Continuing on with my theme of great New Orleans piano players I was fortunate enough to see while living there, I present you with James Booker, also known as the “Piano Wizard of New Orleans.
Booker was an all-round player. Jazz, classical and New Orleans funk were all in his repetoir. He was the house pianist at the famed Maple Leaf bar in the Carrolton section of the city… a place where you could drink an ice cold Dixie beer, do your laundry and listen to great music all at the same time back in the early ’80s.
A little-known fact about Booker is that not only was he a wizard on the 88s, he was also a world champion typist. Booker, while little known to the American pulbic outside of New Orleans was extremely popular in Europe.
Sal Nunziato writing in an article said,
“It’s hard to describe Booker’s playing. Of course, as a New Orleans native, Booker will get the obvious comparisons to Professor Longhair and “Tuts” Washington, but it’s not that simple. James Booker also studied the solos of Chopin and Liberace, while continuing to play jazz standards and rock and roll. “He sounds like he has more than two hands.” That quote is attributed to…well…everyone who has heard Booker play.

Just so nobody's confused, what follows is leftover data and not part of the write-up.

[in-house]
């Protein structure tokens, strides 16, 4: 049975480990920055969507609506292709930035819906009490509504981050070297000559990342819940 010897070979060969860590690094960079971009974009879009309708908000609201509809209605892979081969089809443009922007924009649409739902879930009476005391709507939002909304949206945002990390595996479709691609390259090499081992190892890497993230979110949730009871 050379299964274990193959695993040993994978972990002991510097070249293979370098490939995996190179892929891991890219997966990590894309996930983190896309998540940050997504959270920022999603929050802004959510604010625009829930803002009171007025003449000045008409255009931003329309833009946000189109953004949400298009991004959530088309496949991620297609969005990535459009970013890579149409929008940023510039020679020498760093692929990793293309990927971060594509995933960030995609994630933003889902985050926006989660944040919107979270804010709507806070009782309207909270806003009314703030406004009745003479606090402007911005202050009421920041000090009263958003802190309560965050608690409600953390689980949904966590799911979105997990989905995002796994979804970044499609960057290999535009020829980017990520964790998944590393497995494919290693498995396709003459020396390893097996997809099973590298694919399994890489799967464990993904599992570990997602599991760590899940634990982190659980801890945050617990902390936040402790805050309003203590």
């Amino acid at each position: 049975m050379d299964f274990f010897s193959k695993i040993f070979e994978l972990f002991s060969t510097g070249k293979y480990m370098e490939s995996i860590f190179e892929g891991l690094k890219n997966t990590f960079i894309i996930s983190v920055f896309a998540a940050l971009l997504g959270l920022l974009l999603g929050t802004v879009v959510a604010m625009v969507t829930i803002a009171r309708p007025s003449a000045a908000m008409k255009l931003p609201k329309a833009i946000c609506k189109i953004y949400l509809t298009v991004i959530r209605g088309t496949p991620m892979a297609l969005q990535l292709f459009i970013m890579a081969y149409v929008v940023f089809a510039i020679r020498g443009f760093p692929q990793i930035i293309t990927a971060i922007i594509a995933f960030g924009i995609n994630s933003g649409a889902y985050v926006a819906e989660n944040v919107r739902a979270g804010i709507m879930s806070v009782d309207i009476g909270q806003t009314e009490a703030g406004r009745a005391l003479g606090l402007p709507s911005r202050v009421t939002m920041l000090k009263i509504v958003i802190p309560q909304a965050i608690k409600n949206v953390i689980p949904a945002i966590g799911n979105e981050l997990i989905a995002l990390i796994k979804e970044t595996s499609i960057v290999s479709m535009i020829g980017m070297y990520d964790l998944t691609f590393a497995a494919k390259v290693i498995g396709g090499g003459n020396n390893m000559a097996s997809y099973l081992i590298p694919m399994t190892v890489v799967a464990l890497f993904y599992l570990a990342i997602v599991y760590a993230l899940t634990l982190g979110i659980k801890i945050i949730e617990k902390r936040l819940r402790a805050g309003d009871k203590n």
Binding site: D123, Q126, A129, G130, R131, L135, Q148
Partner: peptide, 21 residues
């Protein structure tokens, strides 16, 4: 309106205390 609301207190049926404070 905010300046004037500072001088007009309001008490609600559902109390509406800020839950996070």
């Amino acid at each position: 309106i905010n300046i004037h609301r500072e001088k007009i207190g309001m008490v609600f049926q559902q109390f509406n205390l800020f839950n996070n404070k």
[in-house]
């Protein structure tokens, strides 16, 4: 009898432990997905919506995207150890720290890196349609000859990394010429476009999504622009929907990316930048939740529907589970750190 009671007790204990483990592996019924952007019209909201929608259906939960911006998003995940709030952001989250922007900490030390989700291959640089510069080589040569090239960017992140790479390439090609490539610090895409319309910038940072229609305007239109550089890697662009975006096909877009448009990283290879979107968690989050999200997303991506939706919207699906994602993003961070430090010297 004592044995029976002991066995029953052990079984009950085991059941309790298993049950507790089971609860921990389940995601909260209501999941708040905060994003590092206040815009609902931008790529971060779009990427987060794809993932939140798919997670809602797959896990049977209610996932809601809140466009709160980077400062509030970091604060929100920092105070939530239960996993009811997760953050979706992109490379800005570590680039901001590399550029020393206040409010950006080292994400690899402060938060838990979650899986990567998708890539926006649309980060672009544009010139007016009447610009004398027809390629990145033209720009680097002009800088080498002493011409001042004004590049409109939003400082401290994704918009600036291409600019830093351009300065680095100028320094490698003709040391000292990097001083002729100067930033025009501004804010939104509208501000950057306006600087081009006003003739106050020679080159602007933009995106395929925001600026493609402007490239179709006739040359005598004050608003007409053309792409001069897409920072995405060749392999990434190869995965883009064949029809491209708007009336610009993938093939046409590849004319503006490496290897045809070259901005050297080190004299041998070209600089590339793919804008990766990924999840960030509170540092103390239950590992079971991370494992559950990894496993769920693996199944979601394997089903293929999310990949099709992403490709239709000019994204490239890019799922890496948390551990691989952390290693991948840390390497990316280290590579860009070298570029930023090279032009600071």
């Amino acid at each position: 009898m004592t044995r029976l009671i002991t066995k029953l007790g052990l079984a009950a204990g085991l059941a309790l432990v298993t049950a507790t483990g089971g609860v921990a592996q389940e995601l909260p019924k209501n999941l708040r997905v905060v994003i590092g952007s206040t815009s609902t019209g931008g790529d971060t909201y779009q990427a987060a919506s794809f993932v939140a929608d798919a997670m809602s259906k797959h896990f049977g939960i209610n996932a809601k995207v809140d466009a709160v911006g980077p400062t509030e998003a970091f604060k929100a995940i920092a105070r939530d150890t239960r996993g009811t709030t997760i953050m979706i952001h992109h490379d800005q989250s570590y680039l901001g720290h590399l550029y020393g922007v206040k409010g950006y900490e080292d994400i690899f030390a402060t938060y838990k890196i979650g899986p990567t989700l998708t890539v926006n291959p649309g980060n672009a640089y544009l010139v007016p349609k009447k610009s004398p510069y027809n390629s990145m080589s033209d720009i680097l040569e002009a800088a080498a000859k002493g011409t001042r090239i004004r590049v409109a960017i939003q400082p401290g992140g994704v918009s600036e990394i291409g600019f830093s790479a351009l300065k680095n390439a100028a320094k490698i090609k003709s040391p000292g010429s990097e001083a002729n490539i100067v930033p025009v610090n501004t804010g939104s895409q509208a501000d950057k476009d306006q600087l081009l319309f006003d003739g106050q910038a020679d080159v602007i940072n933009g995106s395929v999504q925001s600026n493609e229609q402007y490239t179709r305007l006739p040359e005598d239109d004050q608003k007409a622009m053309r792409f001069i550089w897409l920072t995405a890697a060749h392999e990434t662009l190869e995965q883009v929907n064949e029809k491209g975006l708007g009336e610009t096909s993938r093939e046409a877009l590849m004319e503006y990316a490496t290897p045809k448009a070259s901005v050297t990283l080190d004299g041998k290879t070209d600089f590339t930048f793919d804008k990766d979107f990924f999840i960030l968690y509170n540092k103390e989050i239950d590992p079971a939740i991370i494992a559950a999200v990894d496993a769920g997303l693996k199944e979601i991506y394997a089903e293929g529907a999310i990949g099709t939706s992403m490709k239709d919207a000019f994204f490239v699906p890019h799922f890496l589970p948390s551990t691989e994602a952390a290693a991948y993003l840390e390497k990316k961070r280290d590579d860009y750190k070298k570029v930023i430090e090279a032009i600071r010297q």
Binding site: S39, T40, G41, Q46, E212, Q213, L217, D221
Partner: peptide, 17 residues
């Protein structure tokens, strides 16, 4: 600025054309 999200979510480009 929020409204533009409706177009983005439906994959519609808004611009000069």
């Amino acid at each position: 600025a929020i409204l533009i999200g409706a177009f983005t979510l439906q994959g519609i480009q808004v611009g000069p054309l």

“Booker played with people as diverse as Lloyd Price, Aretha Franklin, The Doobie Brothers, Rickie Lee Jones, and Ringo Starr. He even toured with Jerry Garcia. New Orleans piano player Joshua Paxton said this about James Booker’s playing in an article from Offbeat magazine: “It was the kind of piano playing that I had always wanted to hear, but never had. It was Ray Charles on the level of Chopin. It was all the soul, all the groove, and all the technique in the universe packed into one unbelievable player. That Booker’s music hasn’t become part of the standard piano repertoire is, in my opinion, a crime.”
Booker died in a wheelchair November 8th, 1983 waiting to be seen in the emergency room at Charity Hospital.
This is Booker’s last recorded song…Classified